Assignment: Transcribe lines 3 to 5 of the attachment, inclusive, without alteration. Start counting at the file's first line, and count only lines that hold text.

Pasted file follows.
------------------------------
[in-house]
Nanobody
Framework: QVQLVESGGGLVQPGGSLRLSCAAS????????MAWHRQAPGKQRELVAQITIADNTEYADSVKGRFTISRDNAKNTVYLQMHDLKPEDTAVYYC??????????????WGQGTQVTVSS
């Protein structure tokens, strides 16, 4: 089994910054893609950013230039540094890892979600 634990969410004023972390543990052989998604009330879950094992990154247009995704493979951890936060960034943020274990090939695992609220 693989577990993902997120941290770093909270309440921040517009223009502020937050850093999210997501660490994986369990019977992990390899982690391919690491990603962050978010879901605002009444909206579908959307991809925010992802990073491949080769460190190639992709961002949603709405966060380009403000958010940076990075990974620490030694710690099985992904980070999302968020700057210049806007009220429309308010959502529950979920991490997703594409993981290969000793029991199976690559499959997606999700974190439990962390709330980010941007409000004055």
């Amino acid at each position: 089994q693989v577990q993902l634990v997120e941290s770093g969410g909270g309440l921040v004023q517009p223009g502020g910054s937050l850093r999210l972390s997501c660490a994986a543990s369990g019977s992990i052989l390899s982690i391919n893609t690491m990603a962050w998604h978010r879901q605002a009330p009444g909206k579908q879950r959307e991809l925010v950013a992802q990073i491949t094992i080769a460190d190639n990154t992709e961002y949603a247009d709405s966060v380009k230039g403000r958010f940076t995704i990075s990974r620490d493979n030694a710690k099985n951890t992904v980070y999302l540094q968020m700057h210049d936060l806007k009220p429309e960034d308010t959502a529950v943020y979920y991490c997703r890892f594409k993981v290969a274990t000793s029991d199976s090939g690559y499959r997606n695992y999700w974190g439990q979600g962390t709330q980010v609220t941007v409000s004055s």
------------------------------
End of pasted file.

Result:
Framework: QVQLVESGGGLVQPGGSLRLSCAAS????????MAWHRQAPGKQRELVAQITIADNTEYADSVKGRFTISRDNAKNTVYLQMHDLKPEDTAVYYC??????????????WGQGTQVTVSS
């Protein structure tokens, strides 16, 4: 089994910054893609950013230039540094890892979600 634990969410004023972390543990052989998604009330879950094992990154247009995704493979951890936060960034943020274990090939695992609220 693989577990993902997120941290770093909270309440921040517009223009502020937050850093999210997501660490994986369990019977992990390899982690391919690491990603962050978010879901605002009444909206579908959307991809925010992802990073491949080769460190190639992709961002949603709405966060380009403000958010940076990075990974620490030694710690099985992904980070999302968020700057210049806007009220429309308010959502529950979920991490997703594409993981290969000793029991199976690559499959997606999700974190439990962390709330980010941007409000004055």
């Amino acid at each position: 089994q693989v577990q993902l634990v997120e941290s770093g969410g909270g309440l921040v004023q517009p223009g502020g910054s937050l850093r999210l972390s997501c660490a994986a543990s369990g019977s992990i052989l390899s982690i391919n893609t690491m990603a962050w998604h978010r879901q605002a009330p009444g909206k579908q879950r959307e991809l925010v950013a992802q990073i491949t094992i080769a460190d190639n990154t992709e961002y949603a247009d709405s966060v380009k230039g403000r958010f940076t995704i990075s990974r620490d493979n030694a710690k099985n951890t992904v980070y999302l540094q968020m700057h210049d936060l806007k009220p429309e960034d308010t959502a529950v943020y979920y991490c997703r890892f594409k993981v290969a274990t000793s029991d199976s090939g690559y499959r997606n695992y999700w974190g439990q979600g962390t709330q980010v609220t941007v409000s004055s």